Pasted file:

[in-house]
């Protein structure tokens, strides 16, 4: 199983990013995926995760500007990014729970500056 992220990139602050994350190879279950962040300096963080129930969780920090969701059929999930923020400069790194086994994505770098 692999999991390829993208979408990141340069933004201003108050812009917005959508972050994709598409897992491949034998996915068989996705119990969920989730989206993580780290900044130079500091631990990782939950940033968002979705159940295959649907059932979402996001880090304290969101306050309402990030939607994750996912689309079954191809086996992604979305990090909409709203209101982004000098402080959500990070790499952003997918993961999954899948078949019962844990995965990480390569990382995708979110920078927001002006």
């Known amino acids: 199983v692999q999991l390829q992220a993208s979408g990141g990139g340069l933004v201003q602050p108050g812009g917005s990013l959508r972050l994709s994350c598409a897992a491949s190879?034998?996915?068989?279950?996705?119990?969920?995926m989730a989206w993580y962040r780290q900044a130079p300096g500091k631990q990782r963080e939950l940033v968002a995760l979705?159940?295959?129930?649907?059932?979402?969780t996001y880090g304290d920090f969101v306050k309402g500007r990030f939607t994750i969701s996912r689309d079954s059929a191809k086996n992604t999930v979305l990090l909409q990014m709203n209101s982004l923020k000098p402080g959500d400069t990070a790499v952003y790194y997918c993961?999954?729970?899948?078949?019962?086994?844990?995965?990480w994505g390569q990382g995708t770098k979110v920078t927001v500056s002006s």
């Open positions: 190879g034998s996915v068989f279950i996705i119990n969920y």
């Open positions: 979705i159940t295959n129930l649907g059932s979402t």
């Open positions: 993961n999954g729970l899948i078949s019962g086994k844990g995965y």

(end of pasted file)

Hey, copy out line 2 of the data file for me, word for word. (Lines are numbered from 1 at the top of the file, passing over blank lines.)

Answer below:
């Protein structure tokens, strides 16, 4: 199983990013995926995760500007990014729970500056 992220990139602050994350190879279950962040300096963080129930969780920090969701059929999930923020400069790194086994994505770098 692999999991390829993208979408990141340069933004201003108050812009917005959508972050994709598409897992491949034998996915068989996705119990969920989730989206993580780290900044130079500091631990990782939950940033968002979705159940295959649907059932979402996001880090304290969101306050309402990030939607994750996912689309079954191809086996992604979305990090909409709203209101982004000098402080959500990070790499952003997918993961999954899948078949019962844990995965990480390569990382995708979110920078927001002006």